Other Chapter 18 Annotations From Professor Beyer:
Langdon is ³eidetic² since childhood.
³No city of earth was more closely tied to Dante than Florence.²
³You shall leave everything you love most. . . . . .This is the arrow
that the bow of exile shoots first.
From Paradise 17: 57
You shall leave everything you love most dearly: this is the arrow that the
bow of exile shoots first. You are to know the bitter taste Thou shalt
abandon everything beloved Most tenderly, and this the arrow is Which first
the bow of banishment shoots forth.
“We can cross the river.” (Brown).
Refers both to the Arno and Dante’s journey into hell by crossing the river
And words about death written on top of La Mappa
He wonders if it might be quote from Dante, but it is absolutely not.
The Divine Comedy is called a comedy because it was written in vernacular.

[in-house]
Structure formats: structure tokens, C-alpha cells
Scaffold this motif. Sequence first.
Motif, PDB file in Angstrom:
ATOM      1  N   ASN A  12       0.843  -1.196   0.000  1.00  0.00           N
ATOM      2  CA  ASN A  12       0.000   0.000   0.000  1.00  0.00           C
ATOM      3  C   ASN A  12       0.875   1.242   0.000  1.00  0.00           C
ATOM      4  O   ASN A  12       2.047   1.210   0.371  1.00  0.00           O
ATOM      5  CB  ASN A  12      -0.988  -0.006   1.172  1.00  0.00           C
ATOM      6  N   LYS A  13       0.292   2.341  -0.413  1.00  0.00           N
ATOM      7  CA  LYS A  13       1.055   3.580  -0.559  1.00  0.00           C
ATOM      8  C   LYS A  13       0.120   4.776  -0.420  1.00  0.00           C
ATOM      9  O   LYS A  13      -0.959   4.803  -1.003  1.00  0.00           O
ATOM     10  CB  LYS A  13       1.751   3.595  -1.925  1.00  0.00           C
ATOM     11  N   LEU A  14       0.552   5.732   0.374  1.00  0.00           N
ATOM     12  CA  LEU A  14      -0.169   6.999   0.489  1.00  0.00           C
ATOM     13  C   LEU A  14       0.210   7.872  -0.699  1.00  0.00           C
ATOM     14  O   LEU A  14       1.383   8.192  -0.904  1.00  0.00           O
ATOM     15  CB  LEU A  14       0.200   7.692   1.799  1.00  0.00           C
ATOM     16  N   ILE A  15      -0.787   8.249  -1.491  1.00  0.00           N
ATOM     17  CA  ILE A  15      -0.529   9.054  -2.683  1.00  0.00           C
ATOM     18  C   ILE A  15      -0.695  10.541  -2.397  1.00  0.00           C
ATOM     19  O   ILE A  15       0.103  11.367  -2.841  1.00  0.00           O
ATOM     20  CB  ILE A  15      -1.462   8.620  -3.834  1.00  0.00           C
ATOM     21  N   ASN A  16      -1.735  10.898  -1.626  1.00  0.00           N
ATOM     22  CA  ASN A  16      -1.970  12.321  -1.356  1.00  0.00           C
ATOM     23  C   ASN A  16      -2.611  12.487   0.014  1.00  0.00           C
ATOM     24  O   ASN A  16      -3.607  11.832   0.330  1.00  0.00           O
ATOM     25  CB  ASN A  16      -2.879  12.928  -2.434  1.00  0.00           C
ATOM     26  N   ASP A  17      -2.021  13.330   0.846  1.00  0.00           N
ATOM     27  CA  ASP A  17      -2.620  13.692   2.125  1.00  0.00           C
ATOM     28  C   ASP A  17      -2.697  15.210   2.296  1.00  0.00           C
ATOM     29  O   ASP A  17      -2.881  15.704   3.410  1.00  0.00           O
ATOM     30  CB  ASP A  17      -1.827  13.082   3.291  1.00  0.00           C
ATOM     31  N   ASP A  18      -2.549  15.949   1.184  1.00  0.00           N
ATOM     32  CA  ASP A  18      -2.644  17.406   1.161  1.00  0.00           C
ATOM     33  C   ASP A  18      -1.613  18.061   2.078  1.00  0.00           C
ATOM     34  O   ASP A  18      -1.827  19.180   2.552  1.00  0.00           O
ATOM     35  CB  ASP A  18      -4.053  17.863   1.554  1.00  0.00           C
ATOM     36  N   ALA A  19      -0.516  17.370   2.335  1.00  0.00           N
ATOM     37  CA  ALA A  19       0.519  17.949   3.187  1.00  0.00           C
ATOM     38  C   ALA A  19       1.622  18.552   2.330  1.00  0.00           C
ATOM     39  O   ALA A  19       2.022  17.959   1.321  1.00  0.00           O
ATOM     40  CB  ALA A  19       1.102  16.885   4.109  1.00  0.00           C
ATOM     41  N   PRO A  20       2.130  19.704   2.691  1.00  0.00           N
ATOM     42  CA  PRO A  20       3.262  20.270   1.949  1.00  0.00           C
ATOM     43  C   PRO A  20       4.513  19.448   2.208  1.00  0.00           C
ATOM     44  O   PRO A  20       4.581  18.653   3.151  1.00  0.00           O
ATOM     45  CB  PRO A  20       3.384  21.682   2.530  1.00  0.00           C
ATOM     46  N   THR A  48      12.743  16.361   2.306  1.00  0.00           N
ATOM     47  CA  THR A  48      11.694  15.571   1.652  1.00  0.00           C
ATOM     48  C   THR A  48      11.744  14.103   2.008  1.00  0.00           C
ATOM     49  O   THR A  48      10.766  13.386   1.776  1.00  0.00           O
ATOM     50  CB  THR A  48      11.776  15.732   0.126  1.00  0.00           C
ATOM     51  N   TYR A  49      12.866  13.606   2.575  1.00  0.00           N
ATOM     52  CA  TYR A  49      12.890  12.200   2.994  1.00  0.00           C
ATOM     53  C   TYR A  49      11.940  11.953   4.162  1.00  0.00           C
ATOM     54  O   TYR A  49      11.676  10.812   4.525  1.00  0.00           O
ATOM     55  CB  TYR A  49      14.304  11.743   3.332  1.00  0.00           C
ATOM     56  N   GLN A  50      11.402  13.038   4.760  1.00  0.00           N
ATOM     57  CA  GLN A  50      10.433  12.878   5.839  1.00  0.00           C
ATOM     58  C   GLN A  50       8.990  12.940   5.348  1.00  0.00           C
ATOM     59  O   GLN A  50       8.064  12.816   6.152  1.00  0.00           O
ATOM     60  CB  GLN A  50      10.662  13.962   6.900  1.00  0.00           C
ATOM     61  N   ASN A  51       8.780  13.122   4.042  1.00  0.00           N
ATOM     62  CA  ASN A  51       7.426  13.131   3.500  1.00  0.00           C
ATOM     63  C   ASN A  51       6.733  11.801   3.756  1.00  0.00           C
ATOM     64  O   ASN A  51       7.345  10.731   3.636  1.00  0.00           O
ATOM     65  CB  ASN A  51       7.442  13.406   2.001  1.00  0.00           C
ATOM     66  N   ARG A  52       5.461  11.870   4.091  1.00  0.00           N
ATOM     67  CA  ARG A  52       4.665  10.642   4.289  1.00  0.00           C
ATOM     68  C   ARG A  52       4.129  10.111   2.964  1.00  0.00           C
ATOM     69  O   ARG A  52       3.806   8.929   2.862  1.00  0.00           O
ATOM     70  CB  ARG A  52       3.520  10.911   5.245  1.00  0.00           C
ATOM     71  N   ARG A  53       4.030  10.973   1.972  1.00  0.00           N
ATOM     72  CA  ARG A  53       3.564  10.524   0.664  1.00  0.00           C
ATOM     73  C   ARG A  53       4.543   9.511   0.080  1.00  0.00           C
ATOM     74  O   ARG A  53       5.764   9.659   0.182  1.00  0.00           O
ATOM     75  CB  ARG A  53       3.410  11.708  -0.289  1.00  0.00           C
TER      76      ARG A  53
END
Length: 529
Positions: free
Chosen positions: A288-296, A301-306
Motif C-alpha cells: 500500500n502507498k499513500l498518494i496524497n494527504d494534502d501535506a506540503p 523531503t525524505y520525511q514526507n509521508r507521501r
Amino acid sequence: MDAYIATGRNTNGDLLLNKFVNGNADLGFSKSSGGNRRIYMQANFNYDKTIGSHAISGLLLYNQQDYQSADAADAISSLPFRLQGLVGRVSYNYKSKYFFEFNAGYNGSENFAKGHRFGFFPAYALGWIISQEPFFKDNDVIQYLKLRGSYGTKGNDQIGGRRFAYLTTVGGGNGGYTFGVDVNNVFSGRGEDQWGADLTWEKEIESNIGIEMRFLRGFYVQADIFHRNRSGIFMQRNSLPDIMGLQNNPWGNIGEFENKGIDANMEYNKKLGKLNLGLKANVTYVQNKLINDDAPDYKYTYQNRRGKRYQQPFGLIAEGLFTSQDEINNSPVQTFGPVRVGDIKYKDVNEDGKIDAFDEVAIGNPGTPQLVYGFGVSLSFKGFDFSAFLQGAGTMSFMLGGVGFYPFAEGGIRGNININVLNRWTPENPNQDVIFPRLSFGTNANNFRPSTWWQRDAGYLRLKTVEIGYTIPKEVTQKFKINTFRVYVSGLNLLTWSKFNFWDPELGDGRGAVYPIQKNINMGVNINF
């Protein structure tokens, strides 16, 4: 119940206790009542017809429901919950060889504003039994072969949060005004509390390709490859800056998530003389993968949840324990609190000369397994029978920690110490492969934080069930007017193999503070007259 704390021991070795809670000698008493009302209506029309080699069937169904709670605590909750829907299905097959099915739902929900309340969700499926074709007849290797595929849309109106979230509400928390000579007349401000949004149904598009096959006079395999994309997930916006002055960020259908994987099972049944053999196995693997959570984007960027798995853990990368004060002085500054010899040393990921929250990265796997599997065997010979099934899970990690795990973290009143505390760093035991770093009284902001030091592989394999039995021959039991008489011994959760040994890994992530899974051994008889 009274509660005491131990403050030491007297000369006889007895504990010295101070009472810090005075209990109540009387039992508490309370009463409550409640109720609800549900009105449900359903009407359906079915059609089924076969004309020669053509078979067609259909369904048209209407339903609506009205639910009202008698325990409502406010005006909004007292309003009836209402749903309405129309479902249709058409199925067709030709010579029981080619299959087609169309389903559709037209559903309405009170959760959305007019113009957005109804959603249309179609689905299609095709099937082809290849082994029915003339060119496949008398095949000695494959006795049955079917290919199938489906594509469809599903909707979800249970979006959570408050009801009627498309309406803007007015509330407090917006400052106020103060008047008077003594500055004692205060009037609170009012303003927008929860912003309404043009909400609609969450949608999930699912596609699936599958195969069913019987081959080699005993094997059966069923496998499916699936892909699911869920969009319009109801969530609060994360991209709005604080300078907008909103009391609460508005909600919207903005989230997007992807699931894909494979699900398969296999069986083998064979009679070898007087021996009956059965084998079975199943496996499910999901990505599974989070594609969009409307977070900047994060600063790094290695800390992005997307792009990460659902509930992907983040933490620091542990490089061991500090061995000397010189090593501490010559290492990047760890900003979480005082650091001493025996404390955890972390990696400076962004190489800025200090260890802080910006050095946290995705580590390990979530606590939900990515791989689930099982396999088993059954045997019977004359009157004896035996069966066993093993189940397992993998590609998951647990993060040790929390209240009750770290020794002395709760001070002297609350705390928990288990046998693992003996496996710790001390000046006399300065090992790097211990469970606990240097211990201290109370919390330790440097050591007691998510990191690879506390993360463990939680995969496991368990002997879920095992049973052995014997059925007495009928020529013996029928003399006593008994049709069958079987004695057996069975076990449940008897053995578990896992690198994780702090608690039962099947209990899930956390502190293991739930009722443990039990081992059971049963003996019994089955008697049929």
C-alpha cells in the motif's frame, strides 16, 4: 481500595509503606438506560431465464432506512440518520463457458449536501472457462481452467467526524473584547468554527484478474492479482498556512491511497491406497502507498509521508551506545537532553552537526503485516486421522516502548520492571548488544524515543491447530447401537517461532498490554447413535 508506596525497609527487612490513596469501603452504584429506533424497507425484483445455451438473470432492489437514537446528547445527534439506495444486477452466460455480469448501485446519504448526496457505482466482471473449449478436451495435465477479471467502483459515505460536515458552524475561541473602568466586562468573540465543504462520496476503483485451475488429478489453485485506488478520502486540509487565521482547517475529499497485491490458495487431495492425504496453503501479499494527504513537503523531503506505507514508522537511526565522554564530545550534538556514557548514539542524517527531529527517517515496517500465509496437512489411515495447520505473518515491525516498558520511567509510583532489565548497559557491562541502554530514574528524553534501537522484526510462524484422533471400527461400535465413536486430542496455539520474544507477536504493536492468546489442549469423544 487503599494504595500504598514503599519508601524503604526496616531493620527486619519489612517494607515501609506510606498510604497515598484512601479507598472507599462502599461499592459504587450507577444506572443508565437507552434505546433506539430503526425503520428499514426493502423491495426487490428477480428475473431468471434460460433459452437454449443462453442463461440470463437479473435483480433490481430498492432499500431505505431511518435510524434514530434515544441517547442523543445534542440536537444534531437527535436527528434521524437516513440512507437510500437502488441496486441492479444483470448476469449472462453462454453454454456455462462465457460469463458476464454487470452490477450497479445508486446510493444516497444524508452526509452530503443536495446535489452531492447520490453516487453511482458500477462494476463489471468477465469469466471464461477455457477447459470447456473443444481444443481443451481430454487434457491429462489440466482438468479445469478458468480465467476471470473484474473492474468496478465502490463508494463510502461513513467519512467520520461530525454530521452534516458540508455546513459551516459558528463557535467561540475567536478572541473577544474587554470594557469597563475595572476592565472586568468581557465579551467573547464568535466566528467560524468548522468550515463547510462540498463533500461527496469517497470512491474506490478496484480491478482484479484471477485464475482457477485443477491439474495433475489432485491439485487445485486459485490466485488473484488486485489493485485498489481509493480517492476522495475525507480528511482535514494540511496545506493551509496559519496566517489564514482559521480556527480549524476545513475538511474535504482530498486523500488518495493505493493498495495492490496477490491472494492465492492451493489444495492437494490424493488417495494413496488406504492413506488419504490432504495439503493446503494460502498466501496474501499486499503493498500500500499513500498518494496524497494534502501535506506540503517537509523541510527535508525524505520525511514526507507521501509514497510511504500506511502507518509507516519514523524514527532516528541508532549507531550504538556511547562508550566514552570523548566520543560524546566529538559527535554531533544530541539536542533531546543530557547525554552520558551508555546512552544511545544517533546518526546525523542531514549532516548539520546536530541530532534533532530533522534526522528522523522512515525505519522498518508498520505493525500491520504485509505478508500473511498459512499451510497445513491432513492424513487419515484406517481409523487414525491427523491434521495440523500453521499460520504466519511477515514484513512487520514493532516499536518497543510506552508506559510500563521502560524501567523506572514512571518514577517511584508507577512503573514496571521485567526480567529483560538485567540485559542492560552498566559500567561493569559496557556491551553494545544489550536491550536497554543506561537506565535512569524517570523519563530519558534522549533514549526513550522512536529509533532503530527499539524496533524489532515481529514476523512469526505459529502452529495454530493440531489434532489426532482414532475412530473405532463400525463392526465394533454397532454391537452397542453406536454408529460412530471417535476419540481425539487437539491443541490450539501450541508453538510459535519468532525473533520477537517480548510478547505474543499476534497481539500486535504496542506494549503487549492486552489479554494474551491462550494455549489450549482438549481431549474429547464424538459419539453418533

“Throughout all of history, with the sole exception perhaps of Holy Scripture, no single work of writing, art, music, or literature has inspired more tributes, imitations, variations, annotations that The Divine Comedy.” (Brown)
by: Michelangelo Buonarroti (1475-1564)
What should be said of him cannot be said;
By too great splendor is his name attended;
To blame is easier than those who him offended,
Than reach the faintest glory round him shed.
This man descended to the doomed and dead
For our instruction; then to God ascended;
Heaven opened wide to him its portals splendid,
Who from his country’s, closed against him, fled.
Ungrateful land! To its own prejudice
Nurse of his fortunes; and this showeth well
That the most perfect most of grief shall see.
Among a thousand proofs let one suffice,
That as his exile hath no parallel,
Ne’er walked the earth a greater man than he.
Translated into English by H.W. Longfellow (1807-1882).
Jason Lock ’17